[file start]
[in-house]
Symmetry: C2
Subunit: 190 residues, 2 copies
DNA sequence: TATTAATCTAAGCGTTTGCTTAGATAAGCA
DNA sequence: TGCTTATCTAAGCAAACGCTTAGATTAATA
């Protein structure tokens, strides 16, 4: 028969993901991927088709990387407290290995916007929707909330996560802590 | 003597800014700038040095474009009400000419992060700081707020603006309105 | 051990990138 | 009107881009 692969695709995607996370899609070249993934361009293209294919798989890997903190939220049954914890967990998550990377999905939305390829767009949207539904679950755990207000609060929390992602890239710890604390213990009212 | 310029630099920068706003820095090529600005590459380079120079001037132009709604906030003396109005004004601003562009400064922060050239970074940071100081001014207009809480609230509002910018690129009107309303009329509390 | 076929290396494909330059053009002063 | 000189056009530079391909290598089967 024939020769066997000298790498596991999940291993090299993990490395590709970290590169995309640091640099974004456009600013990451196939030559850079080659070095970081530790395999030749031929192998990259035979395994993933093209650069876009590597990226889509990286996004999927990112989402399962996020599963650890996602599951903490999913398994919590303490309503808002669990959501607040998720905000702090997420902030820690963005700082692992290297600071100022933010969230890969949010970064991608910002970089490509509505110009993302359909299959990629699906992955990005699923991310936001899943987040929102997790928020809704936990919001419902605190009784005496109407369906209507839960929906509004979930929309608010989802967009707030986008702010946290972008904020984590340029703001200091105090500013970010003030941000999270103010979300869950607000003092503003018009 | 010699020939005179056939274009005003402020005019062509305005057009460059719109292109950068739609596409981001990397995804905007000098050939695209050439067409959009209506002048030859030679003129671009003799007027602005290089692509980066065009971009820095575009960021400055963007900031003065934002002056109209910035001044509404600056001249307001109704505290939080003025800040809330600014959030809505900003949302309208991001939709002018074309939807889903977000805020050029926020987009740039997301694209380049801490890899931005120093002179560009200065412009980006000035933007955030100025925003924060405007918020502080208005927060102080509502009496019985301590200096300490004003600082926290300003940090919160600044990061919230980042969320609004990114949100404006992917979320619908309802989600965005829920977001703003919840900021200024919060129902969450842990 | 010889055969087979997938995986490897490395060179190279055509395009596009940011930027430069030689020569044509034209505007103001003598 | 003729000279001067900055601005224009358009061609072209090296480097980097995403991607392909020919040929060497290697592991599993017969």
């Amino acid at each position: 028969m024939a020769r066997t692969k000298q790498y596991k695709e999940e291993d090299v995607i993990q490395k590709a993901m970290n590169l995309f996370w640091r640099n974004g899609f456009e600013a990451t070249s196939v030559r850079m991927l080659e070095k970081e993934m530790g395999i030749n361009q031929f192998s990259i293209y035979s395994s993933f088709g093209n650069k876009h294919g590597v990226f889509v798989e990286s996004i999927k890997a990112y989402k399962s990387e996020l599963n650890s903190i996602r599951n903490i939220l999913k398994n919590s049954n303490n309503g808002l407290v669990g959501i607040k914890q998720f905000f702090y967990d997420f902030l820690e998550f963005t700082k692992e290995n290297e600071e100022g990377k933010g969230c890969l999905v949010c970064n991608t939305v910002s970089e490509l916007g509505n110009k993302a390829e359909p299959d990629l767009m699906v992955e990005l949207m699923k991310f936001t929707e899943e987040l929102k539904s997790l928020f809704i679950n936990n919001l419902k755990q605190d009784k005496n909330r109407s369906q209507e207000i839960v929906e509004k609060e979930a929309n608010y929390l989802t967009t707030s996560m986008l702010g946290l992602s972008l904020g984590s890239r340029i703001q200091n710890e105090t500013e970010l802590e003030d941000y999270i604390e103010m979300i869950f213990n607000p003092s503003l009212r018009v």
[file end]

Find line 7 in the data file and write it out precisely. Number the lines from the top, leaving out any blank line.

């Amino acid at each position: 028969m024939a020769r066997t692969k000298q790498y596991k695709e999940e291993d090299v995607i993990q490395k590709a993901m970290n590169l995309f996370w640091r640099n974004g899609f456009e600013a990451t070249s196939v030559r850079m991927l080659e070095k970081e993934m530790g395999i030749n361009q031929f192998s990259i293209y035979s395994s993933f088709g093209n650069k876009h294919g590597v990226f889509v798989e990286s996004i999927k890997a990112y989402k399962s990387e996020l599963n650890s903190i996602r599951n903490i939220l999913k398994n919590s049954n303490n309503g808002l407290v669990g959501i607040k914890q998720f905000f702090y967990d997420f902030l820690e998550f963005t700082k692992e290995n290297e600071e100022g990377k933010g969230c890969l999905v949010c970064n991608t939305v910002s970089e490509l916007g509505n110009k993302a390829e359909p299959d990629l767009m699906v992955e990005l949207m699923k991310f936001t929707e899943e987040l929102k539904s997790l928020f809704i679950n936990n919001l419902k755990q605190d009784k005496n909330r109407s369906q209507e207000i839960v929906e509004k609060e979930a929309n608010y929390l989802t967009t707030s996560m986008l702010g946290l992602s972008l904020g984590s890239r340029i703001q200091n710890e105090t500013e970010l802590e003030d941000y999270i604390e103010m979300i869950f213990n607000p003092s503003l009212r018009v």